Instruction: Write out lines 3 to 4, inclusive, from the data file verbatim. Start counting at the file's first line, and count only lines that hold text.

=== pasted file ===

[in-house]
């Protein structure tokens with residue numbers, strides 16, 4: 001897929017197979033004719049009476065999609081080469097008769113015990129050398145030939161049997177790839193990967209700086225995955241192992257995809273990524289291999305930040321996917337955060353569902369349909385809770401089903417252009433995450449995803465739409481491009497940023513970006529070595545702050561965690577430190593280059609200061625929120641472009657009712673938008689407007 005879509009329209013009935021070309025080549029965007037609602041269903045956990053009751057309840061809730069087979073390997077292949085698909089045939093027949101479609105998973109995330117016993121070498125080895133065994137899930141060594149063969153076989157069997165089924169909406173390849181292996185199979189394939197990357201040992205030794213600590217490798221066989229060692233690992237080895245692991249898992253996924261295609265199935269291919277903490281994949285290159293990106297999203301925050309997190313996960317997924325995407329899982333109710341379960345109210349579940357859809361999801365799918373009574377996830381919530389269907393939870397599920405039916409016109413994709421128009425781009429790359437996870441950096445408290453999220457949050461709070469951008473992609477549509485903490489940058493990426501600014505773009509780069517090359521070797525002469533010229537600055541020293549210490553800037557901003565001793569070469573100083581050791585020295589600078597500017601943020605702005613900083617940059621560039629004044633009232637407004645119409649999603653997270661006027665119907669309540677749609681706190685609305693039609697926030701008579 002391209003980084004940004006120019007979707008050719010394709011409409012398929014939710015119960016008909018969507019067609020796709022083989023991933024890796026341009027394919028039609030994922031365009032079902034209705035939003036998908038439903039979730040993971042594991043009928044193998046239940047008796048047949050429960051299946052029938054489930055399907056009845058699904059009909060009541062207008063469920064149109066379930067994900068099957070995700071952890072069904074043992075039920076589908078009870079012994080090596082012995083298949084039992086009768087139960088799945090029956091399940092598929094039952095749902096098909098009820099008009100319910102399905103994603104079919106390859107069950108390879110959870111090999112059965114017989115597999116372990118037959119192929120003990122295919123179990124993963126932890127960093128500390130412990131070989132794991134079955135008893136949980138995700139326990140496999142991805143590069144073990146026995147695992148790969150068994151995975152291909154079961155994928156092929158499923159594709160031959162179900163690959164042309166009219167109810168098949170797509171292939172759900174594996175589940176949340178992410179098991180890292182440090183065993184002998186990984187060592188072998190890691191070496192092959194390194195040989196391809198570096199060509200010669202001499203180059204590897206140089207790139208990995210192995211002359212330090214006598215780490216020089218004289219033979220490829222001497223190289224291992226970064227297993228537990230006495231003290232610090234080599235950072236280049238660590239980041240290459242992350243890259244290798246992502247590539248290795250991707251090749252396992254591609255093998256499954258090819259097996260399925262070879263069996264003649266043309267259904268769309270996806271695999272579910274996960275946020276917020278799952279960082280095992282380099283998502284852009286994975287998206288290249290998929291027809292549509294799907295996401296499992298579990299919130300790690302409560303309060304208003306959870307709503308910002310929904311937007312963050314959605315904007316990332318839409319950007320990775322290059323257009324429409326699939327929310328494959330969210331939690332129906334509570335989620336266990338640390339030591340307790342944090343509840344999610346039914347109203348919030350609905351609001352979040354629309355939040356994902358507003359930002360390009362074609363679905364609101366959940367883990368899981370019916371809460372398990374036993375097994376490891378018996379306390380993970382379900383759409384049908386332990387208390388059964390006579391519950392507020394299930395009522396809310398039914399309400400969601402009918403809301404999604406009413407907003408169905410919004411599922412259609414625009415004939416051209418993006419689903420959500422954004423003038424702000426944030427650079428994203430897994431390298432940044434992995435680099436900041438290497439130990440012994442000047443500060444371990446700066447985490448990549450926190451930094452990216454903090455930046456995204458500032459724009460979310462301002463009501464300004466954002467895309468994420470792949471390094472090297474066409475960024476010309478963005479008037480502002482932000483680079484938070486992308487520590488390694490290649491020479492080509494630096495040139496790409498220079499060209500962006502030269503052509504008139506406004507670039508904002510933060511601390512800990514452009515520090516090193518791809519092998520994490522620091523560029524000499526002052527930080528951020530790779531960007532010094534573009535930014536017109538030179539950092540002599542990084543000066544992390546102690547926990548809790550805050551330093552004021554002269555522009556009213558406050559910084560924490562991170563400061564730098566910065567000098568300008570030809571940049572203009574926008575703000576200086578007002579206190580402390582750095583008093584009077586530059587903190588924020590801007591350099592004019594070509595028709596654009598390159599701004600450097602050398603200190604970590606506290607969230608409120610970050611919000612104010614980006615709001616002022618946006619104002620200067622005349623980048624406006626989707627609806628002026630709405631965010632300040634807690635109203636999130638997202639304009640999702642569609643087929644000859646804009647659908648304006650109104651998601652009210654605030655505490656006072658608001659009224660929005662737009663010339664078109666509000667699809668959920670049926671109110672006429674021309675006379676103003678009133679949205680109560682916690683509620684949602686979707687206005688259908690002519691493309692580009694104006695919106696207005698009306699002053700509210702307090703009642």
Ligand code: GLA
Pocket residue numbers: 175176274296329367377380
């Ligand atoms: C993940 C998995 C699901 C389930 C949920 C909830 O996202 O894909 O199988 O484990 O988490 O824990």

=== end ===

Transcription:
Ligand code: GLA
Pocket residue numbers: 175176274296329367377380